A great way to protect your teeth when playing a contact sport is to wear a mouthguard.
But not all mouthguards are created equal.
Yes, there are plenty of mouthguard options out there, and the price is usually the deciding factor when people start looking to purchase this piece of equipment.
But remember you get what you pay for.
After speaking with Dr V, her recommendation for anyone who is planning on playing a contact sport is to have a custom mouthguard fitted by your dentist.
These types of mouthguards offer so much more protection and comfort than store-bought mouthguard types; you’ll be blown away by the difference.
The cost of a custom-fitted mouthguard is more than a store bought one, but if you have health insurance, you might be pleasantly surprised.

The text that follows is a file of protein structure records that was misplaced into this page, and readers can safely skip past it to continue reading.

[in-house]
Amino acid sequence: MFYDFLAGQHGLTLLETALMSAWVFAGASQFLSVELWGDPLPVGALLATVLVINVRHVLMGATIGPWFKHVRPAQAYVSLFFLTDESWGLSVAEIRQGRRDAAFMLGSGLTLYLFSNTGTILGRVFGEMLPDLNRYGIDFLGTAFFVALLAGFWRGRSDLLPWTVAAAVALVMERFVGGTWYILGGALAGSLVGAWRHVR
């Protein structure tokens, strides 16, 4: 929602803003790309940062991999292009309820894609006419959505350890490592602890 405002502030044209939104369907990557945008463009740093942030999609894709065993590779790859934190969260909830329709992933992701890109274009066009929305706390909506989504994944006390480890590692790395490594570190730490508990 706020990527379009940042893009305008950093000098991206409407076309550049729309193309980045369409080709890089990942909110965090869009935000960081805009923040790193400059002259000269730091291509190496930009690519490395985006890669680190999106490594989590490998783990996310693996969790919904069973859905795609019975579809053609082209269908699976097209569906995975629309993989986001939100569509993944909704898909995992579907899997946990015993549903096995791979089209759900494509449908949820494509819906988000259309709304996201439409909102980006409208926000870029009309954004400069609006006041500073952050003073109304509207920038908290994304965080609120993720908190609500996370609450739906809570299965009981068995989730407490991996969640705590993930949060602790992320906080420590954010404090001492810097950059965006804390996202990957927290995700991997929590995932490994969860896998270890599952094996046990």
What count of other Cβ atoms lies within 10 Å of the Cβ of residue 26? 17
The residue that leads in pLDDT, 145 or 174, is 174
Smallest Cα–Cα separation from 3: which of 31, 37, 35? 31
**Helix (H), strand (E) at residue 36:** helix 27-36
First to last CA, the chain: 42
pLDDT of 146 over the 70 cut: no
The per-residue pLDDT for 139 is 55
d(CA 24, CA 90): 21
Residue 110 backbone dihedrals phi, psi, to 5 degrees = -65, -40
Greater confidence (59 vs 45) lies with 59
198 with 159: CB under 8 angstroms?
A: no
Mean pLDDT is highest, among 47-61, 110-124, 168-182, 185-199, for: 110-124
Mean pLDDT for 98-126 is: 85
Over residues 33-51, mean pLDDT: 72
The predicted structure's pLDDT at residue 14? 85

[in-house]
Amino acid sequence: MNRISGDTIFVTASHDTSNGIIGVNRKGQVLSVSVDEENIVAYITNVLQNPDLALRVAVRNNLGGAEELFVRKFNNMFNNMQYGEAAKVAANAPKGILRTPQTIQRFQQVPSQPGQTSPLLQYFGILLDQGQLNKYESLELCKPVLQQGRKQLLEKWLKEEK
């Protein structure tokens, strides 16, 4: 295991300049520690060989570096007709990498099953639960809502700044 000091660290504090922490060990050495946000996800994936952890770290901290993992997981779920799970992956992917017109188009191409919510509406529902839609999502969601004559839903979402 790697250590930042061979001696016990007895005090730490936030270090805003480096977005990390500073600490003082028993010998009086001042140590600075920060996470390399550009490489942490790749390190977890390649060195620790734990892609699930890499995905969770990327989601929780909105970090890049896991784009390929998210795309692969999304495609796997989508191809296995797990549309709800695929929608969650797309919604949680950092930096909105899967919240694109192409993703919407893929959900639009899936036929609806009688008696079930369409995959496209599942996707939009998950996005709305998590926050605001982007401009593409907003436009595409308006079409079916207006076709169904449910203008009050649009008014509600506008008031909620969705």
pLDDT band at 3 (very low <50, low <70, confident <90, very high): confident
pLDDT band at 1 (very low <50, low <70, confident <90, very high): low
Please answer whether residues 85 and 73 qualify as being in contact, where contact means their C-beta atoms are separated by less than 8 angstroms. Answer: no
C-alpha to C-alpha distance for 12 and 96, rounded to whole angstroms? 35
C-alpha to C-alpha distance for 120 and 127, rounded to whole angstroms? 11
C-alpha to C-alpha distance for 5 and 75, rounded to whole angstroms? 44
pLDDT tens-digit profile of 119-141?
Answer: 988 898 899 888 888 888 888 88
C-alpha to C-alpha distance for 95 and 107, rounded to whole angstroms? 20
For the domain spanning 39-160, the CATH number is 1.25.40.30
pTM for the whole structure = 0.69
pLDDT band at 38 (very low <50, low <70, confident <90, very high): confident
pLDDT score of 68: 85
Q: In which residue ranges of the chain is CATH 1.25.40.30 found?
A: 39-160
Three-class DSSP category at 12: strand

Check with your health insurance directly to find out if you can claim a mouthguard made by your dentist.
The Australian Dental Association confirms that nearly 30% of all trauma, induced accidents are sports related.
With the amount of sport being played in Australia, it is safe to say that accidents will continue to occur.
A point worth mentioning again is to choose a custom-fitted mouthguard to protect your precious teeth.
They provide added support and strength when your mouth is faced with a traumatic event.
For all other types of accidents and dental emergencies, it is so important to get to your dentist as soon as possible so they can assess the injury and provide a solution for you.
Have you had any dental emergencies recently?
By Dr Veronica Roller
Created at May 30, 2018, Updated at December 15, 2020